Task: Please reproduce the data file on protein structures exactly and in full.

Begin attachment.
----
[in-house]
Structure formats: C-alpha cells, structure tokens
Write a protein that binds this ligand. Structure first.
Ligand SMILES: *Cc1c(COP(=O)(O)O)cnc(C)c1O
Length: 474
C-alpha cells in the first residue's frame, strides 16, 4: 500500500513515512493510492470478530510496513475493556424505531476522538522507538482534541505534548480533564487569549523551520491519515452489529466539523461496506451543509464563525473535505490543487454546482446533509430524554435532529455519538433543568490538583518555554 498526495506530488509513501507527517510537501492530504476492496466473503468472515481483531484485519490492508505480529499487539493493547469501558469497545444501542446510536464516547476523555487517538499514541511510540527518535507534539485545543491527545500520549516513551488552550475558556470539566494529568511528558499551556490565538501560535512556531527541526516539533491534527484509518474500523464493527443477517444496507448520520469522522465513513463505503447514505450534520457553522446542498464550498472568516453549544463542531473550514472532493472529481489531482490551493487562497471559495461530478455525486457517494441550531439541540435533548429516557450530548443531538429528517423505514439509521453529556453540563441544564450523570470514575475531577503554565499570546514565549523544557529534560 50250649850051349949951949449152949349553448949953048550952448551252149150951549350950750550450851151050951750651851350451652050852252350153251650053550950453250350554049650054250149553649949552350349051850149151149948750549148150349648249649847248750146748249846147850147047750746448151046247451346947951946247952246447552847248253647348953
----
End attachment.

[in-house]
Structure formats: C-alpha cells, structure tokens
Write a protein that binds this ligand. Structure first.
Ligand SMILES: *Cc1c(COP(=O)(O)O)cnc(C)c1O
Length: 474
C-alpha cells in the first residue's frame, strides 16, 4: 500500500513515512493510492470478530510496513475493556424505531476522538522507538482534541505534548480533564487569549523551520491519515452489529466539523461496506451543509464563525473535505490543487454546482446533509430524554435532529455519538433543568490538583518555554 498526495506530488509513501507527517510537501492530504476492496466473503468472515481483531484485519490492508505480529499487539493493547469501558469497545444501542446510536464516547476523555487517538499514541511510540527518535507534539485545543491527545500520549516513551488552550475558556470539566494529568511528558499551556490565538501560535512556531527541526516539533491534527484509518474500523464493527443477517444496507448520520469522522465513513463505503447514505450534520457553522446542498464550498472568516453549544463542531473550514472532493472529481489531482490551493487562497471559495461530478455525486457517494441550531439541540435533548429516557450530548443531538429528517423505514439509521453529556453540563441544564450523570470514575475531577503554565499570546514565549523544557529534560 50250649850051349949951949449152949349553448949953048550952448551252149150951549350950750550450851151050951750651851350451652050852252350153251650053550950453250350554049650054250149553649949552350349051850149151149948750549148150349648249649847248750146748249846147850147047750746448151046247451346947951946247952246447552847248253647348953